In the illustrated example, each class has an associated discriminant function 118A–118N, which receives the extracted feature vector 112. Typically, within a particular classifier, each discriminant 118A–118N function will have the same basic form, varying from the others only as to certain parameters determined in training. Each discriminant function 118A–118N outputs a scalar discriminant value 120A–120N representative of the amount of deviation between its associated class parameters and the input vector 118. Accordingly, the class associated with the minimum discriminant value (e.g. 120B) will be selected by the system at a selection stage 122. The discriminant functions 118A–118N and the selection criteria will vary, however, with the classification technique used at this stage.
Within each discriminant function 118A–118N are parameters, such as the above mentioned ideal class vector, that are computed prior to runtime operation. In a training mode, the internal parameters are computed from a training set of feature vectors that are derived from sample images for each class. There are a number of acceptable classification techniques and the needed training data depends on the associated base discriminant function of the chosen technique, the number of output classes, and the selected features. Accordingly, the time and sample size necessary for training varies widely and often influences the selection of a classification technique.
In accordance with the present invention, the classification technique utilized for the recognition stage 114 will be selected to maximize recognition accuracy at the expense of accuracy in producing a confidence value. Specifically, the recognition stage 114 will either make use of a classification technique with strong recognition capabilities but limited ability to generate useful confidence values or a known technique will be modified to produce a discriminant value (e.g. 120A) meaningful only relative to the other discriminant values (e.g. 120B–120N). Regardless of the method used, the result is a relative discriminant value (e.g. 120A), which retains meaning for comparison within the classes, but cannot be used to produce an useful absolute confidence value. By way of example, a set of relative discriminant functions can be produced by modifying a known classification technique to exclude all common-mode terms among its discriminant functions (i.e. eliminating all terms that do not vary among the classes). It should be noted, however, that the term “relative,” is also intended here to apply to functions from known techniques that do not produce a useful confidence value.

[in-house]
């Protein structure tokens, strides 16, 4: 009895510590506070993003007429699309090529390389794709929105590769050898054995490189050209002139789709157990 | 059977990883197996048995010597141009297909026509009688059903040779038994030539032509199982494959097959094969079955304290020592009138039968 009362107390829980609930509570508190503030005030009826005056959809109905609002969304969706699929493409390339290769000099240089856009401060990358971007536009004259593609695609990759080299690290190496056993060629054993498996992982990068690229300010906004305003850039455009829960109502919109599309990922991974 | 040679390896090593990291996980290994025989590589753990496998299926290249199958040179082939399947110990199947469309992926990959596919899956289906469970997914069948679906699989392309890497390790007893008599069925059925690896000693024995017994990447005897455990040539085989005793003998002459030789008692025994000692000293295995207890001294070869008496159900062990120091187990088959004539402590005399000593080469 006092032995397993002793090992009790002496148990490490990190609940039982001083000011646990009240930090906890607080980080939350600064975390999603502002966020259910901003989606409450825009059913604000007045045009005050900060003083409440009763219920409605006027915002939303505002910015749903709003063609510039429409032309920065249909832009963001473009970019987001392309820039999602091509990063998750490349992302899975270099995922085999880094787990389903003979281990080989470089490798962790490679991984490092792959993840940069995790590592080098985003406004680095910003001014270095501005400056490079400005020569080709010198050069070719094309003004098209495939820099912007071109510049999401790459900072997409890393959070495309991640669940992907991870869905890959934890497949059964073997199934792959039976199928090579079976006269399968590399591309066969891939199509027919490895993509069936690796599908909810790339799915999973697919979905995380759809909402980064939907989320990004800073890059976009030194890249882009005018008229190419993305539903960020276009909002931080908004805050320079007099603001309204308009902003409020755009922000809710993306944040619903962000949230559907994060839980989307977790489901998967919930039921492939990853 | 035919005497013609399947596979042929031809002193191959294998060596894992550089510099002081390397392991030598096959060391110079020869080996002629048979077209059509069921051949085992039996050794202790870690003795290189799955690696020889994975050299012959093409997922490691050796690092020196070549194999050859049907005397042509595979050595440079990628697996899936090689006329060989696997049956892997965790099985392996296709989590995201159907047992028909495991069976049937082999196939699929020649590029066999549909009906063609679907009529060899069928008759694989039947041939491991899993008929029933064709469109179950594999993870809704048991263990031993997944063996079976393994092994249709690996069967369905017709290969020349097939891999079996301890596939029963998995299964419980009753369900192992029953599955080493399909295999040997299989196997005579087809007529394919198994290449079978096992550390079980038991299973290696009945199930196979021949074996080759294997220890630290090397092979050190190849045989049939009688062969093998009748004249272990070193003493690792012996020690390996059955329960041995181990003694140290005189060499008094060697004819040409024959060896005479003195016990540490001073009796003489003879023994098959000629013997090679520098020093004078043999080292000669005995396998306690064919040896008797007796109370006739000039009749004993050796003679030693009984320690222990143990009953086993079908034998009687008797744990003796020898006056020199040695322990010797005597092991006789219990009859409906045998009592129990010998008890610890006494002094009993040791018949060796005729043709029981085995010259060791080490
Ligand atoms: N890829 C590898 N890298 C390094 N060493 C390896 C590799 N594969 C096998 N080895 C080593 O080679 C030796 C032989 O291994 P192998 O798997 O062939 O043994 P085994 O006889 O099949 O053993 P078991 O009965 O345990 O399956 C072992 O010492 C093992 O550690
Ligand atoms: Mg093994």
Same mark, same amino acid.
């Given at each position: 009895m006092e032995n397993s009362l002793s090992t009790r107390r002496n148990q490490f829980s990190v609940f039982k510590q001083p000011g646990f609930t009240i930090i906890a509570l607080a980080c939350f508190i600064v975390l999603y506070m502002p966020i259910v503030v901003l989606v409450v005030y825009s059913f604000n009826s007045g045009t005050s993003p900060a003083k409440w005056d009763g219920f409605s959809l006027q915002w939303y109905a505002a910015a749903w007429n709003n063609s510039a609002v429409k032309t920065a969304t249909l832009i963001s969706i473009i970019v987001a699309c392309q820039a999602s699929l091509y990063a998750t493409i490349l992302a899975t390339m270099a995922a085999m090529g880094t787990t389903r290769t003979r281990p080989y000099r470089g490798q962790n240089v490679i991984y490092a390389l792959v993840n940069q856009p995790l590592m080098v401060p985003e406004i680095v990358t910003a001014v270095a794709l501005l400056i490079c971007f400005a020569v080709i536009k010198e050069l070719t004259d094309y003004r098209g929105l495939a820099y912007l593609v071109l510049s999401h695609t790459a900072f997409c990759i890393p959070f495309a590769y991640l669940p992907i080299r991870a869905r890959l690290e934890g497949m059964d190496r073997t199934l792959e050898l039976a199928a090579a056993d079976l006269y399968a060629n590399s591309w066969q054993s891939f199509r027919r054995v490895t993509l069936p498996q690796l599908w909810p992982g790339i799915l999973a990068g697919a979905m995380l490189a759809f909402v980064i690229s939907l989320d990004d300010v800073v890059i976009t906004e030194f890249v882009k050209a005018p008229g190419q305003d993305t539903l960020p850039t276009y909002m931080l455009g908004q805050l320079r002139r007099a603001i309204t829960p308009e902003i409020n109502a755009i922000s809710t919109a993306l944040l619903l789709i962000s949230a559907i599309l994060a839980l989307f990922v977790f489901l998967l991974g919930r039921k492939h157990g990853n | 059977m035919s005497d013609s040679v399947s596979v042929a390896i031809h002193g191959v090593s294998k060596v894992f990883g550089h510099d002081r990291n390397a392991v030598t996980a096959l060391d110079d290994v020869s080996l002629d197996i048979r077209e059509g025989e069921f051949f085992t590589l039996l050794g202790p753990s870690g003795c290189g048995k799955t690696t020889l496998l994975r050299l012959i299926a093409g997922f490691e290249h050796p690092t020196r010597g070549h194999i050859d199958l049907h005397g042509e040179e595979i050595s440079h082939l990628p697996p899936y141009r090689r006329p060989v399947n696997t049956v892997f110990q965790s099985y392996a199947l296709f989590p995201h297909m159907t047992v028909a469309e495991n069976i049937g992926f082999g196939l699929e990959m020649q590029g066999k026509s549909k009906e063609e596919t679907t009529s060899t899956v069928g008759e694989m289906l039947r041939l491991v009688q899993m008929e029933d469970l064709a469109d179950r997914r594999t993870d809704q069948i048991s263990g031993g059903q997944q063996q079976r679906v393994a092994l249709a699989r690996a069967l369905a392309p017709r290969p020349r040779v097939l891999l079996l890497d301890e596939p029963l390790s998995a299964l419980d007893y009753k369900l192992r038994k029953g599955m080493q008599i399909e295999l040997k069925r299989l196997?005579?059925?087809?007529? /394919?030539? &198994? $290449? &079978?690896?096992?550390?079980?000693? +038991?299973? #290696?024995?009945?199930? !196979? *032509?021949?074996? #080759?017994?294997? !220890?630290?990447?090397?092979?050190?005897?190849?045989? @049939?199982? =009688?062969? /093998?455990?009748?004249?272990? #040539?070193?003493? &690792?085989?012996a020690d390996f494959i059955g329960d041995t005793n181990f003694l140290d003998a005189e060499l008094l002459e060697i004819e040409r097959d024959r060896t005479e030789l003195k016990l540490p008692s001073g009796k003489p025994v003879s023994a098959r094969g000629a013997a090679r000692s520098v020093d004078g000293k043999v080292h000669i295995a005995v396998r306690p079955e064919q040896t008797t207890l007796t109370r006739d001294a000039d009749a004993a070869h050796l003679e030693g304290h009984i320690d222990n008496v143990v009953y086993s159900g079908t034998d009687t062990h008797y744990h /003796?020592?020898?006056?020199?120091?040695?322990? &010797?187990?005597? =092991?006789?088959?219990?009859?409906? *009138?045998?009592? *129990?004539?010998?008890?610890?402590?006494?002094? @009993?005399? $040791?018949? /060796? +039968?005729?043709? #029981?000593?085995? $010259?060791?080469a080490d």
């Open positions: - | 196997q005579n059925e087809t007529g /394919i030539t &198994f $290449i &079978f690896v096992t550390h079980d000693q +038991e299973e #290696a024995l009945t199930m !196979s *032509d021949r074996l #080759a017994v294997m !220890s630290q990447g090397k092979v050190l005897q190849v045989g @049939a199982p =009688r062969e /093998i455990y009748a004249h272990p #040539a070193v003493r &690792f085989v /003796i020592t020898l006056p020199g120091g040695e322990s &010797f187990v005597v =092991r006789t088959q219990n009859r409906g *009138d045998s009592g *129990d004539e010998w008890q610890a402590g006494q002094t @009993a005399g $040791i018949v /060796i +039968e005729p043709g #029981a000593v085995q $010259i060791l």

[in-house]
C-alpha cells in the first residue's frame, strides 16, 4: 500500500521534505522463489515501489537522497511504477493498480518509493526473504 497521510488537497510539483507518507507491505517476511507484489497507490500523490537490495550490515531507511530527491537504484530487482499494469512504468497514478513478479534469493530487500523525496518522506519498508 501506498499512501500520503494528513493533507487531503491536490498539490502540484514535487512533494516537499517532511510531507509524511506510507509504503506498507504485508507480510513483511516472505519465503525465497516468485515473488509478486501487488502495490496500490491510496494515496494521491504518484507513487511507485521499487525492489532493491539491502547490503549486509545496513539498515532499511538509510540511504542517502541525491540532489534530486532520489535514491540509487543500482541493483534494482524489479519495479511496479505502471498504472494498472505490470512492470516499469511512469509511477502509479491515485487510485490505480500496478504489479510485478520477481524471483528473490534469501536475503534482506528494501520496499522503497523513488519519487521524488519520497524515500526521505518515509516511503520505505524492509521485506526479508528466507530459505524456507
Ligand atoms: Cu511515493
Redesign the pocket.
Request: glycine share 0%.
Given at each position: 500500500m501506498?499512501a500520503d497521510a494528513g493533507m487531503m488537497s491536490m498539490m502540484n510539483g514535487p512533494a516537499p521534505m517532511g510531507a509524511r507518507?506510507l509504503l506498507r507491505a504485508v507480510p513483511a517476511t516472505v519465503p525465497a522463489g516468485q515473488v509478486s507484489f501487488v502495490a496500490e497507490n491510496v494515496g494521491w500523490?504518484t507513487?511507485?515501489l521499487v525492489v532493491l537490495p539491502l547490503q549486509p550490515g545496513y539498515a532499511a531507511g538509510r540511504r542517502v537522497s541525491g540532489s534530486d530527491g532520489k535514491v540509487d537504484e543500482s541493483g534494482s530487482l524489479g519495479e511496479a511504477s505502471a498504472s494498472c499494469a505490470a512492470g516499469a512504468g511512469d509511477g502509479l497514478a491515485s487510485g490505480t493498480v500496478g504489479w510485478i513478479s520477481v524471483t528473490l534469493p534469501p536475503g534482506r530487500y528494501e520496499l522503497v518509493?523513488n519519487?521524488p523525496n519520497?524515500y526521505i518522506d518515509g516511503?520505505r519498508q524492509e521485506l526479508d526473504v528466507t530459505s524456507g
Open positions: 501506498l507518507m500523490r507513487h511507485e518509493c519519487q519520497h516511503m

In the disclosed embodiment, a modified Mahalanobis distance classifier is used at the recognition stage 114. In a prior art Mahalanobis distance classifier, the base discriminant function is:
D i=(x−u i)K i −1(x−u i)T, where [Equation (1)]
Di =the discriminant function of one output class i (square of the Mahalanobis distance)
x=the input feature vector, representative of the image to be classified
ui=an ideal class vector, where each element is equal to the mean of the corresponding feature variable across the sample input feature vectors for class i (i.e. each element is equal to the expected value of the corresponding element of x, E(xn) across the vectors in class i)
Ki −1=the inverse of a covariance matrix derived from the sample feature vectors of class i, used to correct for interrelations among the various feature